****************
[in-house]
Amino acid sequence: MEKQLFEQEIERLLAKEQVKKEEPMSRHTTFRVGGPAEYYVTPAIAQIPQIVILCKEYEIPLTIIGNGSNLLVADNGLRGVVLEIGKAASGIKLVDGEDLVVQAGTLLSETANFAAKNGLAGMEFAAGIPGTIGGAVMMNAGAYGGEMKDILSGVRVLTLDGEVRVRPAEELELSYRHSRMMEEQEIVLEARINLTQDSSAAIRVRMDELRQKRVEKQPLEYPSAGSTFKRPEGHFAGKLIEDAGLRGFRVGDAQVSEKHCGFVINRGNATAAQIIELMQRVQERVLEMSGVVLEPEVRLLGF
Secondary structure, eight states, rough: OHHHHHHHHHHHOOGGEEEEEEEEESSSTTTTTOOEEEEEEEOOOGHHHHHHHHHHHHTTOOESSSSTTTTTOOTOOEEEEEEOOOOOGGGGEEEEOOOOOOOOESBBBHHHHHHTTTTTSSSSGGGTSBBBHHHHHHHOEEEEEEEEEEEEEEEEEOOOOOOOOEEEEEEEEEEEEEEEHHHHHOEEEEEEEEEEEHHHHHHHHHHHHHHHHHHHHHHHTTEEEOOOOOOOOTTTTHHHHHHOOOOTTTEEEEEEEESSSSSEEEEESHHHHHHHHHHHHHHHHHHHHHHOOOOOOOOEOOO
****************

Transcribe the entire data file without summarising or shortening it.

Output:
[in-house]
Amino acid sequence: MEKQLFEQEIERLLAKEQVKKEEPMSRHTTFRVGGPAEYYVTPAIAQIPQIVILCKEYEIPLTIIGNGSNLLVADNGLRGVVLEIGKAASGIKLVDGEDLVVQAGTLLSETANFAAKNGLAGMEFAAGIPGTIGGAVMMNAGAYGGEMKDILSGVRVLTLDGEVRVRPAEELELSYRHSRMMEEQEIVLEARINLTQDSSAAIRVRMDELRQKRVEKQPLEYPSAGSTFKRPEGHFAGKLIEDAGLRGFRVGDAQVSEKHCGFVINRGNATAAQIIELMQRVQERVLEMSGVVLEPEVRLLGF
Secondary structure, eight states, rough: OHHHHHHHHHHHOOGGEEEEEEEEESSSTTTTTOOEEEEEEEOOOGHHHHHHHHHHHHTTOOESSSSTTTTTOOTOOEEEEEEOOOOOGGGGEEEEOOOOOOOOESBBBHHHHHHTTTTTSSSSGGGTSBBBHHHHHHHOEEEEEEEEEEEEEEEEEOOOOOOOOEEEEEEEEEEEEEEEHHHHHOEEEEEEEEEEEHHHHHHHHHHHHHHHHHHHHHHHTTEEEOOOOOOOOTTTTHHHHHHOOOOTTTEEEEEEEESSSSSEEEEESHHHHHHHHHHHHHHHHHHHHHHOOOOOOOOEOOO